Together in one indispensable volume, The Time Machine and The Invisible Manare masterpieces of irony and imaginative vision from H. G. Wells, the father of science fiction.
The Time Machine conveys the Time Traveller into the distant future and an extraordinary world. There, stranded on a slowly dying Earth, he discovers two bizarre races: the effete Eloi and the subterranean Morlocks—a haunting portrayal of Darwin’s evolutionary theory carried to a terrible conclusion.
The Invisible Man is the fascinating tale of a brash young scientist who, experimenting on himself, becomes invisible and then criminally insane, trapped in the terror of his own creation.
Convincing and unforgettably real, these two classics are consummate representations of the stories that defined science fiction—and inspired generations of readers and writers.
With an Introduction by John Calvin Batchelor and an Afterword by Paul Youngquist.
The Time Machine (1895) and The Invisible Man (1897) are now more than a century old. Yet they endure as literary texts, radio plays, and movies, because they appeal directly to two of our deepest desires: immortality and omnipotence.
The time machine would allow us to escape death and gain knowledge of the fate of the earth, while invisibility would enable us to go and come as we please, under the noses of friends and enemies. At the same time, both fictions show us the dangers of fulfilled wishes: The Time Traveller discovers the future of humanity is not bright but hideously dark, while the Invisible Man drowns in the madness brought about by his own experimentation.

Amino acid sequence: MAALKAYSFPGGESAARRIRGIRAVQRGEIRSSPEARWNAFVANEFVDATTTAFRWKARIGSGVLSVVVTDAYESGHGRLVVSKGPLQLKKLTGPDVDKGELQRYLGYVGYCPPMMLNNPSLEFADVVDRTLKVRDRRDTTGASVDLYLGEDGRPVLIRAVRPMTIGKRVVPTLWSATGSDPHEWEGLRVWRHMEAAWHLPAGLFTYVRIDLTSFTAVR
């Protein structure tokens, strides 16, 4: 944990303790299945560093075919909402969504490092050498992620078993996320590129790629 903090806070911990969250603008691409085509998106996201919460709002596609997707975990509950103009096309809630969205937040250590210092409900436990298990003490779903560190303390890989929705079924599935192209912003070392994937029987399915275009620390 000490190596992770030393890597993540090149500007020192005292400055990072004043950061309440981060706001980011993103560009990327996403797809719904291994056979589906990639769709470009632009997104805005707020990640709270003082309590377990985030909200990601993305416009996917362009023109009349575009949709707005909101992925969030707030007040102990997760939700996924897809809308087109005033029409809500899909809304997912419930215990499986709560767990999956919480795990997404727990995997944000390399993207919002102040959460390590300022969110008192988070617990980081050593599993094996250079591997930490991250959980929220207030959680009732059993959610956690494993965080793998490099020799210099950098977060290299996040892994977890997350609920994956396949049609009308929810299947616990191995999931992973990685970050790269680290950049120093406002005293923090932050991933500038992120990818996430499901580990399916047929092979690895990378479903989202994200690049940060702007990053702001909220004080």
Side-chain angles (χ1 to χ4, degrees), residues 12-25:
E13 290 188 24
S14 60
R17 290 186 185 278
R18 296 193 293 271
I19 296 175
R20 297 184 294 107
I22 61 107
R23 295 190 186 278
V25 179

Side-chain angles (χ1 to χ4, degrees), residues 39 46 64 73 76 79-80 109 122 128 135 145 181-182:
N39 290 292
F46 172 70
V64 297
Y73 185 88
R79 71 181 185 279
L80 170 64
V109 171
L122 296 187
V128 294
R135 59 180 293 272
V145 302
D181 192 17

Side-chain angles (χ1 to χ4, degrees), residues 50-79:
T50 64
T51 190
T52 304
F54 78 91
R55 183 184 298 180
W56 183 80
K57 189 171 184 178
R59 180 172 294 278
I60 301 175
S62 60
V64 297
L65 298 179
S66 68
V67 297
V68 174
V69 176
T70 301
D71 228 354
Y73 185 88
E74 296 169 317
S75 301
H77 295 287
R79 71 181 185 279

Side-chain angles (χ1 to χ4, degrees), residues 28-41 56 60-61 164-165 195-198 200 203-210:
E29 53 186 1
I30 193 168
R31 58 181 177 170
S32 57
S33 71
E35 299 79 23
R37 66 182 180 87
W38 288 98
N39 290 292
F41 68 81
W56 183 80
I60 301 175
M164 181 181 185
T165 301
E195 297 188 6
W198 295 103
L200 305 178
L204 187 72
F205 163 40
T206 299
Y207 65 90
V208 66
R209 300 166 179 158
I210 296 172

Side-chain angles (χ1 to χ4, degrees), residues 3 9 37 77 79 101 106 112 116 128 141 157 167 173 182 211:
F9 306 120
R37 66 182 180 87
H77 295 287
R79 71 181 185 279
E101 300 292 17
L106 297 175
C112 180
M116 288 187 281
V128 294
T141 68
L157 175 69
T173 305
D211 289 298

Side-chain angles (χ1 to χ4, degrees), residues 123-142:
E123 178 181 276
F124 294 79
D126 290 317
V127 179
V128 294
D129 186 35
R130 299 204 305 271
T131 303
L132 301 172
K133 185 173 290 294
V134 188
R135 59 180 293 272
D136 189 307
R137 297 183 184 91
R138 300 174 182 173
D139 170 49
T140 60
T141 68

Of course, what Herbert George Wells (1866–1946) wanted to express in these fantasies and what generations of readers have made of them are two radically different things. Erroneously labeled “science fiction,” and tricked out in their film versions with all kinds of fanciful devices with flashing lights and ominous buzzers Wells never mentions, they are really tales that enact the author’s theories and speculations about human society, human nature, and natural history in allegorical fashion.
That is, the “science” in Wells’s fictions is nothing more than stage machinery. But, ironically, it is the machinery that has come to dominate our collective imagination... --This text refers to an alternate Mass Market Paperback edition.
About the Authors
John Calvin Batchelor is the acclaimed author of such imaginative novels as The American Falls, People’s Republic of Antarctica, and Gordon Liddy Is My Muse.
Paul Youngquist is professor of English and associate chair of Graduate Studies at the University of Colorado Boulder. He’s the author of three books: Race, Romanticism, and The Atlantic; Madness and Blake’s Myth (1991); and Monstrosities: Bodies and British Romanticism (2003), as well as numerous articles on a variety of subjects.
|Dimensiuni:||11 x 17,7 cm|
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